I appreciate the idea, and also find some other libraries excessively abstract (e.g. servant), but the API for this library feels really bad. consumeSegmentIfIs, ensureThatAcceptsHTML, ensureThatMethodIsGet – those are very verbose. Haskell already has parser combinators in base, namely ReadP, so why not use some of the API conventions shared by that module and other parsers?
I agree. In the example I had a hard time determining what URLs it actually responded to.
I’m wondering what this has that http://hackage.haskell.org/package/fn doesn’t (disclosure, I’m one of the primary authors).
 Actually, looks like strelka might actually be doing less, as you aren’t able to write handlers that take typed arguments, as far as I can tell. So this really just looks like the type of routing that Snap and Happstack have had for years and years…
Compared to Fn,
Strelka provides higher-level abstractions with simpler signatures, e.g.:
method :: StdMethod -> Req -> IO (Maybe (Req, a -> a))
getMethod :: Monad m => RequestParser m ByteString
No custom type-classes or operators. Instead the standard interfaces like Alternative and Monad are used
Streaming of both the request and the response bodies, instead of aggregating them in memory
API is isolated, providing for clarity and nudging the users towards separation of concerns
API is also isolated on the package-level, having all the features that the end-user won’t need located in a separate package (“strelka-core”).
Since it’s only the first official release, some features are yet to be implemented. E.g., the parameters' and URL-encoded body parsers are already slated. But overall, since you’re asking, IMO, Strelka is much simpler and more intuitive than any of the mentioned libraries, yet it aims to let the user solve the tasks of any complexity.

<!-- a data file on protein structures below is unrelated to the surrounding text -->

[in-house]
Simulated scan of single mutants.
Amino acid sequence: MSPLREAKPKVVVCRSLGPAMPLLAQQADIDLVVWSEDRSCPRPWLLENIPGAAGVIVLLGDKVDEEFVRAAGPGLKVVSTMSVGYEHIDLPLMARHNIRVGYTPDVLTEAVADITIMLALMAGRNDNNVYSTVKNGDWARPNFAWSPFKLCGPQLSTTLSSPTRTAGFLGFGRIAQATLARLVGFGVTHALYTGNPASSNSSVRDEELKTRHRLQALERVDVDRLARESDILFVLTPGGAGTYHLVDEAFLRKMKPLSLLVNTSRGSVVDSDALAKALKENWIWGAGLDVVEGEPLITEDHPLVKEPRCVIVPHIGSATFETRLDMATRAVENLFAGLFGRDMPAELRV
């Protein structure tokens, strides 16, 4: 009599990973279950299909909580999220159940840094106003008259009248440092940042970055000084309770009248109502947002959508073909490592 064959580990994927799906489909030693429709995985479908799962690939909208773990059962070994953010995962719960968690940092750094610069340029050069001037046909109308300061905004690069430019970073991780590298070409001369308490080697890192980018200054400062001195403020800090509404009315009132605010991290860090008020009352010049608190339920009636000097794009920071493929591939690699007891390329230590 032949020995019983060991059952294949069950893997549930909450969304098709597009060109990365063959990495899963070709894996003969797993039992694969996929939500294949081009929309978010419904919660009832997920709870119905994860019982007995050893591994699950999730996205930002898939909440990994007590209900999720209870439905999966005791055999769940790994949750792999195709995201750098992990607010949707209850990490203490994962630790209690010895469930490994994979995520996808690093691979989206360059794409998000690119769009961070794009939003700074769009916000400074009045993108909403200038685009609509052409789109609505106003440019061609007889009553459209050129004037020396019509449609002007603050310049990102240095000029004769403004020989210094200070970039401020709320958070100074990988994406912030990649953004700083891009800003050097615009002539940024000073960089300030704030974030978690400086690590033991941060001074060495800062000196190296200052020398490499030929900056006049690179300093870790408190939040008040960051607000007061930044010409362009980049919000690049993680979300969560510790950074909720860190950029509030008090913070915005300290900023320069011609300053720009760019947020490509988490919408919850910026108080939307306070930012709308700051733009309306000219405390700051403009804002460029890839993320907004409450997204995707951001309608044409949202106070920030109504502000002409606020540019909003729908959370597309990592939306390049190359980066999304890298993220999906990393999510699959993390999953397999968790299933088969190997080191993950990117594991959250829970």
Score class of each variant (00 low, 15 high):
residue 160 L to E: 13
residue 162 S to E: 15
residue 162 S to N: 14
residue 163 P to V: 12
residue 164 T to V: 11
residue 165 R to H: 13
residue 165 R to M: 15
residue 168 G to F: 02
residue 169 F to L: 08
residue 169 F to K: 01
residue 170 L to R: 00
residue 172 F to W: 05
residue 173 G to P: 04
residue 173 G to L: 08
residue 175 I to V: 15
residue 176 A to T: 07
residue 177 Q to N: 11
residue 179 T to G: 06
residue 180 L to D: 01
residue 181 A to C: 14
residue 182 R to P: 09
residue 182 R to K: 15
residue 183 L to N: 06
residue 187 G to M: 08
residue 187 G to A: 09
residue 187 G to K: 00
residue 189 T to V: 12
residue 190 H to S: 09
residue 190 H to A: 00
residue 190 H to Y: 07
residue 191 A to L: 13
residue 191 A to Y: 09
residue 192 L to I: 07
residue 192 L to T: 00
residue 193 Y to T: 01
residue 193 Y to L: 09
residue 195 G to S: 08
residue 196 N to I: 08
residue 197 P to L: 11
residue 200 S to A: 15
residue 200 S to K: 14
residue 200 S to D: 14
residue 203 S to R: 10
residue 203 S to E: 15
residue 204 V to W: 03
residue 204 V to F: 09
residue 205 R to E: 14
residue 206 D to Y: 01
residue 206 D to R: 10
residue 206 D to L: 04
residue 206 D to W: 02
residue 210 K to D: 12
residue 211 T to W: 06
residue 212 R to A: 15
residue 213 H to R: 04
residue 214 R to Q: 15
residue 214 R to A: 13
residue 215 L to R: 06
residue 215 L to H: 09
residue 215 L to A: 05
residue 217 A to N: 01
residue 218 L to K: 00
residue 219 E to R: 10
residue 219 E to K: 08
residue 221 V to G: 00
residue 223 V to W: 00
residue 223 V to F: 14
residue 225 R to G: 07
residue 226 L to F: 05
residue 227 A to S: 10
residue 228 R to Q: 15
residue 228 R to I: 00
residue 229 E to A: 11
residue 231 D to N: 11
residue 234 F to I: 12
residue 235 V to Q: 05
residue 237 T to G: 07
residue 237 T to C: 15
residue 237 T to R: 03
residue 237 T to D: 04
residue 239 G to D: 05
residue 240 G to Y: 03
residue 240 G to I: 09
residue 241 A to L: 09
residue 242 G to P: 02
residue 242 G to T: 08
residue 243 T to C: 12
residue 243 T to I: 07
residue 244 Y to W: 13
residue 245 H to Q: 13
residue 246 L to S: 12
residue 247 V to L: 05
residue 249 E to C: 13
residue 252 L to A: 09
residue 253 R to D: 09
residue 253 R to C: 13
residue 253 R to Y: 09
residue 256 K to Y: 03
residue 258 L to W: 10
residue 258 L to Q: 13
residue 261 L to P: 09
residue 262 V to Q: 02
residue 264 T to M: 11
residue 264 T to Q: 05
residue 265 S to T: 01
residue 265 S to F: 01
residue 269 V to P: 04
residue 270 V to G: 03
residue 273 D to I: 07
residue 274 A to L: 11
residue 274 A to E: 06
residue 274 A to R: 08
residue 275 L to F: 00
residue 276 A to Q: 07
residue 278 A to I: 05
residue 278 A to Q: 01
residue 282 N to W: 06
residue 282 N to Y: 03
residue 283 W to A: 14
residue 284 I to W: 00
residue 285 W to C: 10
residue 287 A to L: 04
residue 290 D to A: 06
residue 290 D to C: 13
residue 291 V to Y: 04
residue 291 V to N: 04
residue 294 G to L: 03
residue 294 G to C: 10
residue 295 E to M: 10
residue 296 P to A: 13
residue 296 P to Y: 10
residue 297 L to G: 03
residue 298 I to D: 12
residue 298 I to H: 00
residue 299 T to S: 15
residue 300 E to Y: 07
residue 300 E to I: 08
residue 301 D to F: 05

For those wondering, “strelka”, or rather “стрелка”, means arrow in Russian.
Even more relevant: Railroad switches do a form of routing, too.
seems like a less useful version of servant. “Not using type machinery” isn’t an automatic plus.
I have never had to spend more than two minutes debugging router issues in any other language/framework I’ve used (Elixir/Phoenix, Ruby/Rails, Scala/Play, JS/Express, Perl/Catalyst, a few more). Might be two minutes total.
Looking at so many Haskell libraries like this, where a totally normal and basically solved problem is made immensely more complex than it needs to be, really turns me off. Developer hostility with no clear payoff. I get that complex problems can be solved elegantly in Haskell, but wow, simple problems look like they cause an outsized amount of suffering.
Whenever I need to use HTTP in Haskell I just use Warp and WAI. There’s really no need to layer more on top of that.
I’m not too convinced by this solution, but basic routing as seen in most languages and frameworks is pretty much a solved problem in haskell. But the reason there are so many is that some people are not satisfied by the way it’s done in other languages and prefer to use haskells strong points to get a few more static safeguards.
Yesod does it acceptably with template haskell, allowing us to have statically checked links inside the application, but the Servant framework really is the best in my opinion, as while the actual library is based on some pretty advanced type theory, it’s really simple to define a route and implement it, and all it’s “type machinery” really does is allow you to define every single element of the route, such as query params, authorization… in a easy to use, composable manner.
Although a Haskell enthusiast, I agree totally with this! I think that Haskell needs to have a nicer “core language” story, where you’re calling into Haskell from an impure shell of Python (or what have you) and allowing the pure portions to do their thing without polluting them with the complexities necessary to treat impure actions as pure.
The worst thing is that some of the contortions necessary to wrap your head around IO and impurity make some of the other abstractions seem worse or more intimidating than they are, leading to derision of people who say “no, really, monads are very useful!”